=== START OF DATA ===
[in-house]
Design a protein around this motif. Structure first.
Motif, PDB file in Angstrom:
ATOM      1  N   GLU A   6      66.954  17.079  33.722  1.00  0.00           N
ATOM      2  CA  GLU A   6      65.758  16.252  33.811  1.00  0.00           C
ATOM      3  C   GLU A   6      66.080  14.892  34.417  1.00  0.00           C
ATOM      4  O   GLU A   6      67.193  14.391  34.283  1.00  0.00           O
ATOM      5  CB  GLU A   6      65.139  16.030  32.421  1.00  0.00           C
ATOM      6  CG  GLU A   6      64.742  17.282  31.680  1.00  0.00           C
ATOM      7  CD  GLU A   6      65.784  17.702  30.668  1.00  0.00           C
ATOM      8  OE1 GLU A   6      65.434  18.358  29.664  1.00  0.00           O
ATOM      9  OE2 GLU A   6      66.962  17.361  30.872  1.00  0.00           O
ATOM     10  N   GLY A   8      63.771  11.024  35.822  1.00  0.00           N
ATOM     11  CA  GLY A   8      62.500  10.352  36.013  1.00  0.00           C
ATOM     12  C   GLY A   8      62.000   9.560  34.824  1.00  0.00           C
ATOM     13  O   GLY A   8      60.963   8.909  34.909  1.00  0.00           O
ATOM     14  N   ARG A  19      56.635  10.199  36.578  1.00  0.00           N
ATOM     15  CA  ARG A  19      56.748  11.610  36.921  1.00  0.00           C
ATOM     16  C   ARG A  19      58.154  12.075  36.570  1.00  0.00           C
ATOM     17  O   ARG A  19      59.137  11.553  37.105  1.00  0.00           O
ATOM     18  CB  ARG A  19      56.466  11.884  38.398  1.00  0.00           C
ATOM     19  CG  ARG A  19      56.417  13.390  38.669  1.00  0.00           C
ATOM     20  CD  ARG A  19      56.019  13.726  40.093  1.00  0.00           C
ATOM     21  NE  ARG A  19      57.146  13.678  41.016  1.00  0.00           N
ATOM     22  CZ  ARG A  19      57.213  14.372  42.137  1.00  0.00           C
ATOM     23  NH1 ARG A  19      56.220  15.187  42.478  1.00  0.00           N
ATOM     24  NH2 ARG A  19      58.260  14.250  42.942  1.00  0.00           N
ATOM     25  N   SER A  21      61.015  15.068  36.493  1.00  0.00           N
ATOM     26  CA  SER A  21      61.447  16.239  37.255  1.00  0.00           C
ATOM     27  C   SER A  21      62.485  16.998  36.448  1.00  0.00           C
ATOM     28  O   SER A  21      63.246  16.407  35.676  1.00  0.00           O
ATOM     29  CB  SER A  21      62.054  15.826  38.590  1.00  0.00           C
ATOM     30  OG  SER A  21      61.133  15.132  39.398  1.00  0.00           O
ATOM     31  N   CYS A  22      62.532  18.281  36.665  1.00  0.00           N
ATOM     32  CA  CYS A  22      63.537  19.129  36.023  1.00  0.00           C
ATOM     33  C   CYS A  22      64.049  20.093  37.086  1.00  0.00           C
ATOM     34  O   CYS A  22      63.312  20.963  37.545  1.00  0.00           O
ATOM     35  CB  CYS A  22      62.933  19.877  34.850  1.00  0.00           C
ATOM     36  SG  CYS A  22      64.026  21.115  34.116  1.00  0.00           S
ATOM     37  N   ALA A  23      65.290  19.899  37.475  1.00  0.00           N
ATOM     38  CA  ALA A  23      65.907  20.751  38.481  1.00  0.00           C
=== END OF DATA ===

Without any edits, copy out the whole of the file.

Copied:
[in-house]
Design a protein around this motif. Structure first.
Motif, PDB file in Angstrom:
ATOM      1  N   GLU A   6      66.954  17.079  33.722  1.00  0.00           N
ATOM      2  CA  GLU A   6      65.758  16.252  33.811  1.00  0.00           C
ATOM      3  C   GLU A   6      66.080  14.892  34.417  1.00  0.00           C
ATOM      4  O   GLU A   6      67.193  14.391  34.283  1.00  0.00           O
ATOM      5  CB  GLU A   6      65.139  16.030  32.421  1.00  0.00           C
ATOM      6  CG  GLU A   6      64.742  17.282  31.680  1.00  0.00           C
ATOM      7  CD  GLU A   6      65.784  17.702  30.668  1.00  0.00           C
ATOM      8  OE1 GLU A   6      65.434  18.358  29.664  1.00  0.00           O
ATOM      9  OE2 GLU A   6      66.962  17.361  30.872  1.00  0.00           O
ATOM     10  N   GLY A   8      63.771  11.024  35.822  1.00  0.00           N
ATOM     11  CA  GLY A   8      62.500  10.352  36.013  1.00  0.00           C
ATOM     12  C   GLY A   8      62.000   9.560  34.824  1.00  0.00           C
ATOM     13  O   GLY A   8      60.963   8.909  34.909  1.00  0.00           O
ATOM     14  N   ARG A  19      56.635  10.199  36.578  1.00  0.00           N
ATOM     15  CA  ARG A  19      56.748  11.610  36.921  1.00  0.00           C
ATOM     16  C   ARG A  19      58.154  12.075  36.570  1.00  0.00           C
ATOM     17  O   ARG A  19      59.137  11.553  37.105  1.00  0.00           O
ATOM     18  CB  ARG A  19      56.466  11.884  38.398  1.00  0.00           C
ATOM     19  CG  ARG A  19      56.417  13.390  38.669  1.00  0.00           C
ATOM     20  CD  ARG A  19      56.019  13.726  40.093  1.00  0.00           C
ATOM     21  NE  ARG A  19      57.146  13.678  41.016  1.00  0.00           N
ATOM     22  CZ  ARG A  19      57.213  14.372  42.137  1.00  0.00           C
ATOM     23  NH1 ARG A  19      56.220  15.187  42.478  1.00  0.00           N
ATOM     24  NH2 ARG A  19      58.260  14.250  42.942  1.00  0.00           N
ATOM     25  N   SER A  21      61.015  15.068  36.493  1.00  0.00           N
ATOM     26  CA  SER A  21      61.447  16.239  37.255  1.00  0.00           C
ATOM     27  C   SER A  21      62.485  16.998  36.448  1.00  0.00           C
ATOM     28  O   SER A  21      63.246  16.407  35.676  1.00  0.00           O
ATOM     29  CB  SER A  21      62.054  15.826  38.590  1.00  0.00           C
ATOM     30  OG  SER A  21      61.133  15.132  39.398  1.00  0.00           O
ATOM     31  N   CYS A  22      62.532  18.281  36.665  1.00  0.00           N
ATOM     32  CA  CYS A  22      63.537  19.129  36.023  1.00  0.00           C
ATOM     33  C   CYS A  22      64.049  20.093  37.086  1.00  0.00           C
ATOM     34  O   CYS A  22      63.312  20.963  37.545  1.00  0.00           O
ATOM     35  CB  CYS A  22      62.933  19.877  34.850  1.00  0.00           C
ATOM     36  SG  CYS A  22      64.026  21.115  34.116  1.00  0.00           S
ATOM     37  N   ALA A  23      65.290  19.899  37.475  1.00  0.00           N
ATOM     38  CA  ALA A  23      65.907  20.751  38.481  1.00  0.00           C